Monday, July 02, 2007

Those damn kids and their music

I often feel like my generation is the America of generations. The analogy is a bit tortured, but quite apt on a certain level. While it seems all other generations have had outspoken leaders and activists working to make the world better, while my generation has a couple of those, try to name one. This is much in the way American's tend not to care much for even talking about social equality issues, while most of the rest of the world at least pays attention to, say, a certain illegal and immoral war that has killed well over 600,000 people.

But more to the point, the analogy came to me the other night while I was thinking about the Beatles. I've never really been into the Beatles, and while I don't deny that they're a good band, I would probably call them the most over-rated band in history and I really prefer most of their solo stuff to Beatles music (of course with the exception of Paul's music, because nobody has ever liked Paul's music. Linda was just faking it to push her vegetarian agenda).

Nonetheless, those Beatles did make a huge impact on both pop music and pop culture. To think that they went from wanting to hold your hand to having blisters on their fingers in such a short time span simply amazes me. The only equivalent for my generation would be if all of a sudden N*Sync had switched from glossy, over-produced boy band music to openly experimenting with illicit drugs and radical politics while pushing the definition of pop music in strange and new directions.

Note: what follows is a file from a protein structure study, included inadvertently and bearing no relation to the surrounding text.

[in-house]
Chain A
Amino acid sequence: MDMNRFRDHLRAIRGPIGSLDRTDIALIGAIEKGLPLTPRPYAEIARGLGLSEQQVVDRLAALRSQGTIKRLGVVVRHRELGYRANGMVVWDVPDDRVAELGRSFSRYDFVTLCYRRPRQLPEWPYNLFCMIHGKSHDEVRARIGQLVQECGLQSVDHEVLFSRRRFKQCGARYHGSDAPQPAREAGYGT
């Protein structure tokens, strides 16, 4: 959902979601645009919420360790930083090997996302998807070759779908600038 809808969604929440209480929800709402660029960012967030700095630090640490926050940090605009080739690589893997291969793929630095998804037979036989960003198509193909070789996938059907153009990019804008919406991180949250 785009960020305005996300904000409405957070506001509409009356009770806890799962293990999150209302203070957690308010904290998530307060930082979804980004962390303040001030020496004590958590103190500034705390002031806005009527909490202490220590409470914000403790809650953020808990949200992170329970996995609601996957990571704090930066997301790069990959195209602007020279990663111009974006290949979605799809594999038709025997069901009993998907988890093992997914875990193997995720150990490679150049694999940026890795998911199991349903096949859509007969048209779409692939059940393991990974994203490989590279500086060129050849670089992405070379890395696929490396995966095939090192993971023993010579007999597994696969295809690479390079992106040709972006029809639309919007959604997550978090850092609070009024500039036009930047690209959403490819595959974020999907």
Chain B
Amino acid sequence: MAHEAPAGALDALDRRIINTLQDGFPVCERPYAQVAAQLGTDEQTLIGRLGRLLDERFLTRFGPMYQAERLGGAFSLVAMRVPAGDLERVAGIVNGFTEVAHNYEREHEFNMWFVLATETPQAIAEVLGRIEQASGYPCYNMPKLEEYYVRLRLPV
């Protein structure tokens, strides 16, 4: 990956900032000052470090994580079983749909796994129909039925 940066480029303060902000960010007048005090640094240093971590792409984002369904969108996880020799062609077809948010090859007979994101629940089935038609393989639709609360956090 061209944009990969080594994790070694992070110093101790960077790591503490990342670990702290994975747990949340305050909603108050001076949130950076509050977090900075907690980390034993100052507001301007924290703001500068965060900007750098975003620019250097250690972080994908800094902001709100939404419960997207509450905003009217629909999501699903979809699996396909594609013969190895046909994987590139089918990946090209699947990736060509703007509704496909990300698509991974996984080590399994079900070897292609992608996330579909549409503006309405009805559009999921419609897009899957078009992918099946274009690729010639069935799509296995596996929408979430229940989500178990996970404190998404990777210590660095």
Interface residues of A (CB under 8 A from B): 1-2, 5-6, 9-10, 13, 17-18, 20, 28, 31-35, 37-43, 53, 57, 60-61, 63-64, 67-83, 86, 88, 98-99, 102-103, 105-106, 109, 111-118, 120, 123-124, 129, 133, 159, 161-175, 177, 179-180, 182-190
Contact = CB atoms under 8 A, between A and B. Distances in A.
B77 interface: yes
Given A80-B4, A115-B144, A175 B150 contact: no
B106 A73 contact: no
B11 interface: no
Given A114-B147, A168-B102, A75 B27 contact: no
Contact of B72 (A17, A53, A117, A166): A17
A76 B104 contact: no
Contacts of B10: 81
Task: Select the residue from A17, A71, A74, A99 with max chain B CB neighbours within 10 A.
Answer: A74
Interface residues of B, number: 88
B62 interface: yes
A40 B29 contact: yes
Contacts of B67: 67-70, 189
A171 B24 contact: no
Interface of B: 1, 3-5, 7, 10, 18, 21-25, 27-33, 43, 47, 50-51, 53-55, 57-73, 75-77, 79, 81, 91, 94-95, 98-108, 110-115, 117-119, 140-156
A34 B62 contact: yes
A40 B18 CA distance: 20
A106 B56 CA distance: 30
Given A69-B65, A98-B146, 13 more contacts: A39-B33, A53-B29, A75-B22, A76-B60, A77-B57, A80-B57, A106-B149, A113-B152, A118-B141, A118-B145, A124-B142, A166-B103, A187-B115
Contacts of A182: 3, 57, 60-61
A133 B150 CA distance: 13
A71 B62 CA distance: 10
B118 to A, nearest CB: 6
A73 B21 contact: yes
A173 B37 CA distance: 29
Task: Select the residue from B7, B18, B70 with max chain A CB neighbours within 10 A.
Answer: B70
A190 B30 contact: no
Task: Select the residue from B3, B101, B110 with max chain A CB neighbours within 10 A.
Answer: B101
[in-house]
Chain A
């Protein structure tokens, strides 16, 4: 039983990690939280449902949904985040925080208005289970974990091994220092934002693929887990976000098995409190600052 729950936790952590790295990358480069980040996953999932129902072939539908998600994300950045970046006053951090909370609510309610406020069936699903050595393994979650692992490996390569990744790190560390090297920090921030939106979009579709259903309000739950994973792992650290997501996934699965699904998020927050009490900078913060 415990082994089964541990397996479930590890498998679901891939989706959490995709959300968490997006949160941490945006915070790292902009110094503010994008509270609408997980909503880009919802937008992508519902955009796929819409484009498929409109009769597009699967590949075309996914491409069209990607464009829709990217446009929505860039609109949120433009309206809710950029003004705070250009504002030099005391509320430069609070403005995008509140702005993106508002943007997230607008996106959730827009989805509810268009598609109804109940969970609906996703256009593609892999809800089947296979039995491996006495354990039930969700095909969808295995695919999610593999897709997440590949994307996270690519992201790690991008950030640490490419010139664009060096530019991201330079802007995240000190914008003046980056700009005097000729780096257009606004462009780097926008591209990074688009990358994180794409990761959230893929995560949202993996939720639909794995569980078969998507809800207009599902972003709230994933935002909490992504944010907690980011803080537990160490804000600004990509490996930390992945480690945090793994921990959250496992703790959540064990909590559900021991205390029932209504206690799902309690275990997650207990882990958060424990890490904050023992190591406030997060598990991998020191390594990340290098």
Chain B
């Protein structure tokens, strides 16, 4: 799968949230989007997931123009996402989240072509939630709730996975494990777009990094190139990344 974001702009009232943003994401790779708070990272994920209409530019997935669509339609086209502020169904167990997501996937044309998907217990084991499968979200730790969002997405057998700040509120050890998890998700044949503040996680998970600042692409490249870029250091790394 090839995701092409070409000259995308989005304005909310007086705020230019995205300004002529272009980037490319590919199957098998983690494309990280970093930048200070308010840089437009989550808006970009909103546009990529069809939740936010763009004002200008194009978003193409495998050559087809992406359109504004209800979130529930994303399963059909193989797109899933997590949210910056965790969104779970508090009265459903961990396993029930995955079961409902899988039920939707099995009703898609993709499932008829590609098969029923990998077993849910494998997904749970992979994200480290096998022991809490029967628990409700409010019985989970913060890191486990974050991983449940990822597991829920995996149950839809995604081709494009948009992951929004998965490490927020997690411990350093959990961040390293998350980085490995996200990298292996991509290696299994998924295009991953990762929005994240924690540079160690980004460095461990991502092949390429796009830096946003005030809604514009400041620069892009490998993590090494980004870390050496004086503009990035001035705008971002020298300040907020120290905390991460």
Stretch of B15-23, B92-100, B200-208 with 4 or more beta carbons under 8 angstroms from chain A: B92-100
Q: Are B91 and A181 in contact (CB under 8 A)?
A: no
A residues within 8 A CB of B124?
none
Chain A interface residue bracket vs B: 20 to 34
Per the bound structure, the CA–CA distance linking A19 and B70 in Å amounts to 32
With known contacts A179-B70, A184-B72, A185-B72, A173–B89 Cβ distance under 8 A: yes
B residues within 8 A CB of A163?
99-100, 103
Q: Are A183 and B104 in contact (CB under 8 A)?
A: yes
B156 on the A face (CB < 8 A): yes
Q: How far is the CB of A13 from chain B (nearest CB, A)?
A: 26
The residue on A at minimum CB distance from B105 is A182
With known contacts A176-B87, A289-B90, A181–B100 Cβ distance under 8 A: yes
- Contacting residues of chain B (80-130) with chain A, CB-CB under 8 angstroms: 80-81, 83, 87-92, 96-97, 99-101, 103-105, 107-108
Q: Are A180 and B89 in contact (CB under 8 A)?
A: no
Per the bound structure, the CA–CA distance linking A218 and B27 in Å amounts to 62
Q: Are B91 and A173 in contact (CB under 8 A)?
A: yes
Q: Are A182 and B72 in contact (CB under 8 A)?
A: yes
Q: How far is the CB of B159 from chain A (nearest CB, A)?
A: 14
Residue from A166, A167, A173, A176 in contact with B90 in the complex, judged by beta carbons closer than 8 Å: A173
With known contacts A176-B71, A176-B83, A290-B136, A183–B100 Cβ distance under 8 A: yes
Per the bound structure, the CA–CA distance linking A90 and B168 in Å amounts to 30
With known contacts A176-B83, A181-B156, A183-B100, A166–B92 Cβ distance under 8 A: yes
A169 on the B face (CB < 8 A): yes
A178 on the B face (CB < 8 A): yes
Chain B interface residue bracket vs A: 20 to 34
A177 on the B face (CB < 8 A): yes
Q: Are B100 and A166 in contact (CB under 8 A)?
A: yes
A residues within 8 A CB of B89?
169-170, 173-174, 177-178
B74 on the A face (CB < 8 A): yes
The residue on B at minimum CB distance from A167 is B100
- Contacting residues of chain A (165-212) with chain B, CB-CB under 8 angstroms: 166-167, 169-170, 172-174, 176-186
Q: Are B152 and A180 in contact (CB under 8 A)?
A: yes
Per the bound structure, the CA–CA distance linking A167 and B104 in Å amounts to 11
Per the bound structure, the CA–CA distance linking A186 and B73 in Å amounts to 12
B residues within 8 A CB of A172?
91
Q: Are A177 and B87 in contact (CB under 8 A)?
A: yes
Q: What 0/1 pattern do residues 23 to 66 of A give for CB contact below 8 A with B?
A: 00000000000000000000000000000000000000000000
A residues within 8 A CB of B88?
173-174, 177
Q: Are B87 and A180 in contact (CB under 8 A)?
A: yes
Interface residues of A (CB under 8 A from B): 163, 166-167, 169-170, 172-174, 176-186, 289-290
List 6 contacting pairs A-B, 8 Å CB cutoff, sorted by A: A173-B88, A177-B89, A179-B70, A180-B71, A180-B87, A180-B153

Think about it--until they started with the jazz cigarettes, the Beatles were just an N*Sync that played their own instruments. Depressingly, that would make Justin Timberlake the John Lennon of my generation. I guess that would mean that Cameron Diaz is our Yoko, and Britney Spears is…uh…the Pete Best of my generation.

Yep, that seems to sum it all up. My folks had John Lennon and I have Justin Timberlake. Now, don't get me wrong, I'm quite glad that sexy has finally been returned to its rightful place, but it's just that exhorting a crowd to rock their bodies seems somewhat less meaningful than asking them to give peace a chance.

1 comment:

i said...

I've actually felt the exact same way, and although I try to just ignore it and/or accept it, it keeps getting thrown in my face again and again. How many times do we need to hear Paris call Lindsay a firecrotch? And these are the people that we look to for entertainment. That's depressing. Take me back to the days before reality television...